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69227Re: Antw.: [dsg] Q. Rupas, Ch 1, no 2

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  • rjkjp1
    Mar 5, 2007
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      --- In dhammastudygroup@yahoogroups.com, TGrand458@... wrote:
      > Hi Robert
      > In a message dated 3/5/2007 5:57:06 A.M. Mountain Standard Time,
      > rjkjp1@... writes:
      > Dear TG,
      > I'm no expert on science views but isn't energy a type of matter?
      > __________
      > TG: What does "matter" mean to you Robert? As I said, I don't
      claim there
      > is "matter" in the traditional sense. I think its all energy
      (movement) and
      > just "appears to us" as matter.

      Dear TG,
      I had always thought terms like energy and mass included all types
      of matter but perhaps that idea is not accepted anymore? I merely use
      matter as an English term for rupa.
      Western science is so limited compared to Dhamma- so many models with
      complex abstrations like quarks and photons, but they never get to
      actual elements like tejo and vayo. And saying that I do think
      physics is an incredible considering it developed without benefit of
      Dhamma knowledge- it shows how clever lobha is.

      > >
      > > And that there is no arisng and falling of matter or
      > > mentality.
      > >
      > > TG: No again. There is arising and falling of phenomena. (I do
      > not claim
      > > there is or is not matter however.)
      > ______
      > I thought you disagreed when the texts say that phenomena arise
      > pass away?
      > TG: Nope. Not at all. I think phenomena are constantly moving.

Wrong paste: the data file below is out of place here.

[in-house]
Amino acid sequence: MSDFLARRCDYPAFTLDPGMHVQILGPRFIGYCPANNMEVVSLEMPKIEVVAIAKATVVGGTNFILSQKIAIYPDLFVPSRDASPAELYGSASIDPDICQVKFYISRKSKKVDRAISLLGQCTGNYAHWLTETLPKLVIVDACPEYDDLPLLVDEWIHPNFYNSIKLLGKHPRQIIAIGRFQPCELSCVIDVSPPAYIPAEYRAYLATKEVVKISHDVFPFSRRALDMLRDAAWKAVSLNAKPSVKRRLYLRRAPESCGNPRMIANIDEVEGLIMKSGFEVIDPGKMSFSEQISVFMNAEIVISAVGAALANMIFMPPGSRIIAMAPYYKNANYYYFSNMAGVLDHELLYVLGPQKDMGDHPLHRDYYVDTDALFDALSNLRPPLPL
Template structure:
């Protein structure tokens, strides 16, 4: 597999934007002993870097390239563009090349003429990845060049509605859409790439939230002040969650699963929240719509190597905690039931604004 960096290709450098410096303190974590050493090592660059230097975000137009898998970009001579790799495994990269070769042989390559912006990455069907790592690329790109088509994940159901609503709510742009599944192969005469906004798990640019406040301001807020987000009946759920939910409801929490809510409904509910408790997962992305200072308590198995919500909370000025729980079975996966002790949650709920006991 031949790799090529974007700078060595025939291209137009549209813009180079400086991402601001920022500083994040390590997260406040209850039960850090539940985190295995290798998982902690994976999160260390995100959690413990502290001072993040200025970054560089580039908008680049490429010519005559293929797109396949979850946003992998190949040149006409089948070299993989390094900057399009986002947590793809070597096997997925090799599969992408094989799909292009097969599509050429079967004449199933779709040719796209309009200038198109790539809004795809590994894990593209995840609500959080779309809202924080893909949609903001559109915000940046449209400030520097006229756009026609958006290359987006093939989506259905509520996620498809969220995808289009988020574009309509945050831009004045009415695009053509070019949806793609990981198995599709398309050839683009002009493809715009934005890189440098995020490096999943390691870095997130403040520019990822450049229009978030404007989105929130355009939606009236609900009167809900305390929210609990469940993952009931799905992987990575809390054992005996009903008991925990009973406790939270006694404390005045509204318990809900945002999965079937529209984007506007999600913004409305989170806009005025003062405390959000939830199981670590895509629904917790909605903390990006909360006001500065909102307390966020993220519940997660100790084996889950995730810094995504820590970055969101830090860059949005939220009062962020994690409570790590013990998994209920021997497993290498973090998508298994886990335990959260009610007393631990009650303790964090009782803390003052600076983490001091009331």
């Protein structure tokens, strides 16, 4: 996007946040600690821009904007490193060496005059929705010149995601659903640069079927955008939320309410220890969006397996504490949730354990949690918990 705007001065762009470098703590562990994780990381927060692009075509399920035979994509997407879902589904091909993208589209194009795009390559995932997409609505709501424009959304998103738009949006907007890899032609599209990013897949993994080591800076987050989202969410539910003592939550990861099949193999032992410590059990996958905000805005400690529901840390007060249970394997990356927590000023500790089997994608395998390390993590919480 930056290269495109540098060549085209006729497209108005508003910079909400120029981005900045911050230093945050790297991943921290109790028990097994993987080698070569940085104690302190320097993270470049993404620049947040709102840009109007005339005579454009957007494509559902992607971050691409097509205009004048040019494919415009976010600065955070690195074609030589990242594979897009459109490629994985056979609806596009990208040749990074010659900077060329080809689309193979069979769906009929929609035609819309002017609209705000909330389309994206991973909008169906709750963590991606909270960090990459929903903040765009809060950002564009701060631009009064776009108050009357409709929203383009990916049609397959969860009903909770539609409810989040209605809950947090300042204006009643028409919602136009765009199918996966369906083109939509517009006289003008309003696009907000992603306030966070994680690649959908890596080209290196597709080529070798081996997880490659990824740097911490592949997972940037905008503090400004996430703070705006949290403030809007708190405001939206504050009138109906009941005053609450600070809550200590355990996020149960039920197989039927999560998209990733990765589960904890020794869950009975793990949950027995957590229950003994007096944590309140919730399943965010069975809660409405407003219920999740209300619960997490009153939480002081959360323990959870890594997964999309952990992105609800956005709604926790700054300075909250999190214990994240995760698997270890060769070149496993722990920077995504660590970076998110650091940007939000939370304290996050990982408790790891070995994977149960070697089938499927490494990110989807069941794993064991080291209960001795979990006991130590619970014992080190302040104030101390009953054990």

It is
      > this constant change which forces formations to rise, persist
      while changing,
      > and fall. "Rise and fall" is just a short hand way of saying this
      IMO. It is
      > just language trying to express a rather simple observation. To
      take it so
      > literally as to generate a theory of immediate rising and then
      > passing away of "somethings" called rupas to me means the common
      > descriptions have been blown out of proportion.

      I see, but surely it must be that way. Even physics suggests that in
      a tiny piece of matter - say a tip of a finger - there are billions
      of incredibly tiny "atoms" which are in constant extremely rapid
      flux. With huge spaces in between.
      Why does it seem wrong that the Theravada suggests that
      these "atoms" are actually not as they seem at all. That the reality
      is much more in flux than science thinks: That it is simply elements,
      kalapas - groups of rupas- arising and passing away.

      BTW I was surpised by comment suggeting that the Theravada
      explanation of rupas is too simple to account for variety. One
      western science model of atoms posits electrons nuetrons and protons
      and still manages to account for the elements in the periodic table.

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